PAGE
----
U.S. Rep. Sam Gibbons and his opponent, Mark Sharpe, found common ground Thursday on the high road, as they took jabs at a campaign debate from a little-known write-in opponent.
David Weeks, 32, came visibly nervous to his first ever TV appearance at the WUSF-TV studio in a work shirt, undershirt peeking through an open collar.
In a hot campaign for the U.S. House District 11 seat that has focused on health care and welfare reform, crime and taxes, Weeks came to the League of Women Voters-sponsored debate with questions about gay marriage and abortion.
To Gibbons: "Do you consider homosexual relationships as legitimate and honorable as heterosexual relationships?"
The 74-year-old Democratic congressman, his wife of 48 years watching from the side, first reminded Weeks that he is happily married with grandchildren.
"I pity those who are homosexual. They're God's children, and I think we ought to treat them as such. We shouldn't give them any special privileges, nor should they be condemned to live terrible lives," Gibbons said.
Afterward, Gibbons elaborated.
"I see the way homosexuals are persecuted and discriminated against. Sure, I feel sorry for them. They have it tough," he said.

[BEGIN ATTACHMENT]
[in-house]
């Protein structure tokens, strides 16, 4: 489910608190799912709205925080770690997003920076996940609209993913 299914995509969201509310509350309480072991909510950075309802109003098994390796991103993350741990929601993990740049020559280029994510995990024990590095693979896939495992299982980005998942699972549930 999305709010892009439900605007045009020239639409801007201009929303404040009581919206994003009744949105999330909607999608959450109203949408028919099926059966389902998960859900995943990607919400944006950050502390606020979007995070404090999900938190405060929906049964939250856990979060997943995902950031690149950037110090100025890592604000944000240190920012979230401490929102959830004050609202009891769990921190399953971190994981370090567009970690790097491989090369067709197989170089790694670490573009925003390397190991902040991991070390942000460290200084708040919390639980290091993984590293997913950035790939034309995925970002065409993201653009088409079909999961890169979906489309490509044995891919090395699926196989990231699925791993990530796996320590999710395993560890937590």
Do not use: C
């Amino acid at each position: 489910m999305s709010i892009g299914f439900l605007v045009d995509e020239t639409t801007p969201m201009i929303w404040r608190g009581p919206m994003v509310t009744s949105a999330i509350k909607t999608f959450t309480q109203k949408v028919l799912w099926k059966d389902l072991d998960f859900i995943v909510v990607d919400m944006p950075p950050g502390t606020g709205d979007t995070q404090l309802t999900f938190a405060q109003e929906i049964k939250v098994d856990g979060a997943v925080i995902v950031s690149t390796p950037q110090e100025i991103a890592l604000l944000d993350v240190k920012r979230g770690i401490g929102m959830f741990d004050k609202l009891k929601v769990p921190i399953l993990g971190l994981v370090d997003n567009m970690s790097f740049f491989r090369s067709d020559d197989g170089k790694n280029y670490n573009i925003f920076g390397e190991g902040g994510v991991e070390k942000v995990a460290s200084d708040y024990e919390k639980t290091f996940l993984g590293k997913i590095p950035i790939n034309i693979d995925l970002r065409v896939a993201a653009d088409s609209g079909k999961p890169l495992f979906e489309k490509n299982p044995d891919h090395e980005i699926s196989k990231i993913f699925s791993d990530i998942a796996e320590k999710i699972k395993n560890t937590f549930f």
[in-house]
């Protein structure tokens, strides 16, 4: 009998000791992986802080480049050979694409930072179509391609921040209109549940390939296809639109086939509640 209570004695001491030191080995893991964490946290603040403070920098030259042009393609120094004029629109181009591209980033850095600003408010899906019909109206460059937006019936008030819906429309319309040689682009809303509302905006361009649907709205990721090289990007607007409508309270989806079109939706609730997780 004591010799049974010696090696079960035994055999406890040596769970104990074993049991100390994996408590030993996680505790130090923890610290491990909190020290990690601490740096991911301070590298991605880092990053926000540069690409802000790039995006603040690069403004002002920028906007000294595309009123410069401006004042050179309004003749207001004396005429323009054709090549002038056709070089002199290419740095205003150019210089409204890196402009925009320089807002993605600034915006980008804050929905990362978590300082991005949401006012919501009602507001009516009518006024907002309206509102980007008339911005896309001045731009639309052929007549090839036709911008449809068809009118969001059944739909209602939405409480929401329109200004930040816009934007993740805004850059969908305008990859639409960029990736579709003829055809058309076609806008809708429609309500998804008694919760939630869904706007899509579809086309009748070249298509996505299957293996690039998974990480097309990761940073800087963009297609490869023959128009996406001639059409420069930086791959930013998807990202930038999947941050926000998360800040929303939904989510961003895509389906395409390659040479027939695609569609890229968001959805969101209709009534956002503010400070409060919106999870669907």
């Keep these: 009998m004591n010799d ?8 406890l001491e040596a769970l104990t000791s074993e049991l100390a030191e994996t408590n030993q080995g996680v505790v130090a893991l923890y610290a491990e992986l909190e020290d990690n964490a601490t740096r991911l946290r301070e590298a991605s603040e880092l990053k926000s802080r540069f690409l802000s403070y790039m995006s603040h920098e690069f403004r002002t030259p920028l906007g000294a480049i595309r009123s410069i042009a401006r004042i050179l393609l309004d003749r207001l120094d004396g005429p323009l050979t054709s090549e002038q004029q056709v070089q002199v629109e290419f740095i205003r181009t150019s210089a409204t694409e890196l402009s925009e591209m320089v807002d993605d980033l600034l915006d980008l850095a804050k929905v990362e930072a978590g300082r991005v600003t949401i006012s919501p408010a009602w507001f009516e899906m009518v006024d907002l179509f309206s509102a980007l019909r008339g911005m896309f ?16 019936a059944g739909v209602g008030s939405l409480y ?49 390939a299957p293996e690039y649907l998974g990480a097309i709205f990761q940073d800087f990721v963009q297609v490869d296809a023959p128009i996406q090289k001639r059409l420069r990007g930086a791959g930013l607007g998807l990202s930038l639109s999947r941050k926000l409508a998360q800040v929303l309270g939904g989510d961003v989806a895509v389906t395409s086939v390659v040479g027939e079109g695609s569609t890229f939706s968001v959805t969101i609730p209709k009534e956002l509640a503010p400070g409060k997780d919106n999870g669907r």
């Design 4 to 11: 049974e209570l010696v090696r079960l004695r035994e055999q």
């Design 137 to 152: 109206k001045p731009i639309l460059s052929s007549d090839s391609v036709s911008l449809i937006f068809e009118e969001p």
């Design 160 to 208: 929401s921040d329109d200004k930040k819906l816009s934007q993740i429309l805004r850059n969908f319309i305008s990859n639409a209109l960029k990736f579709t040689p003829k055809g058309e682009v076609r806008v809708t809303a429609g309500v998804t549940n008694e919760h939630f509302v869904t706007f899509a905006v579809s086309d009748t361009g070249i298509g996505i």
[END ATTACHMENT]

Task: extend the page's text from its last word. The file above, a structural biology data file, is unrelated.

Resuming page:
Sharpe, questioned about abortion by Weeks, an abortion opponent, said he is personally opposed to it.
"I believe the states should have that opportunity to place legitimate restrictions on abortion," said the Republican.
Weeks' name will not appear on the Nov. 8 ballot, but he is qualified to receive write-in votes.
This was the second debate between Gibbons and Sharpe, who will debate a final time at noon today at the Tiger Bay Club's luncheon on Harbour Island. They have scuffled over Sharpe's evasive responses to the abortion issue, and the issue of clout and experience versus youthful energy. But the two opponents were more genial before the taping Thursday, joking about football and microphone checks.
Gibbons in this go-round took on Sharpe's support for school vouchers, saying it is designed eventually to destroy the public school system. Sharpe, on leave from a teaching job at a private school, called the public schools "a total disaster. I've seen it. I've taught there."
In the debate between candidates for District 12, Rep. Charles Canady was the subject of blistering verbal attacks by Polk County Commissioner Robert Connors. The Lakeland-based district includes parts of Hillsborough, Pasco and Polk counties.
"Mr. Canady has adopted a radical right position on nearly all the issues, voting against Medicaid, voting against funding for education, voting against our families," said Connors, his voice rising with emotion. "He rides crime like a horse. If this man did not have "no' in his vocabulary he would have nothing to say in Washington."
The men also tangled over crime legislation.
Connors, who has gone into politics full time, painted Canady as a "career politician" and said he entered the congressional race because Canady is "doing a job representing the worst in Congress." Canady countered, saying he'll leave Congress after four terms.